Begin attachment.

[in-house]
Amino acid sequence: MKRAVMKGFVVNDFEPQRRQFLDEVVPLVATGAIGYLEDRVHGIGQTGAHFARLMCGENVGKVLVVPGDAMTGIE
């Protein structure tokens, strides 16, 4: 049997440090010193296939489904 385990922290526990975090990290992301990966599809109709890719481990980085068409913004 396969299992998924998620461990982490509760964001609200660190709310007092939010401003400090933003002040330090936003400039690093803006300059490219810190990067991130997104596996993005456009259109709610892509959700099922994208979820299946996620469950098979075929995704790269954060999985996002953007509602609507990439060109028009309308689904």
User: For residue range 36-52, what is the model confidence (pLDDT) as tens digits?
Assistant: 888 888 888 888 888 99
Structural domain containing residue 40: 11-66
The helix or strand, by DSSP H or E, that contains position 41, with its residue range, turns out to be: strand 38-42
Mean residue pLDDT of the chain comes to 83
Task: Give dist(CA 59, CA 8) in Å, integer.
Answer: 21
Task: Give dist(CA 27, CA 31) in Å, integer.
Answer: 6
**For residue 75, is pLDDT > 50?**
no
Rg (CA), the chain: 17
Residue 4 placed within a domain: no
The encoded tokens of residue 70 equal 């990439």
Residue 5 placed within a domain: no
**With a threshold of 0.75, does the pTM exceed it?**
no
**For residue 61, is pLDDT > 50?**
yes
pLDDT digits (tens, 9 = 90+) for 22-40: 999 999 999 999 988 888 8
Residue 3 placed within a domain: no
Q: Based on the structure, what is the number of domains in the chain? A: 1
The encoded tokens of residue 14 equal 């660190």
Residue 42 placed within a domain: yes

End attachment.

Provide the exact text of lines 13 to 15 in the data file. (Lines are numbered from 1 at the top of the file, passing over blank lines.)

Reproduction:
**For residue 75, is pLDDT > 50?**
no
Rg (CA), the chain: 17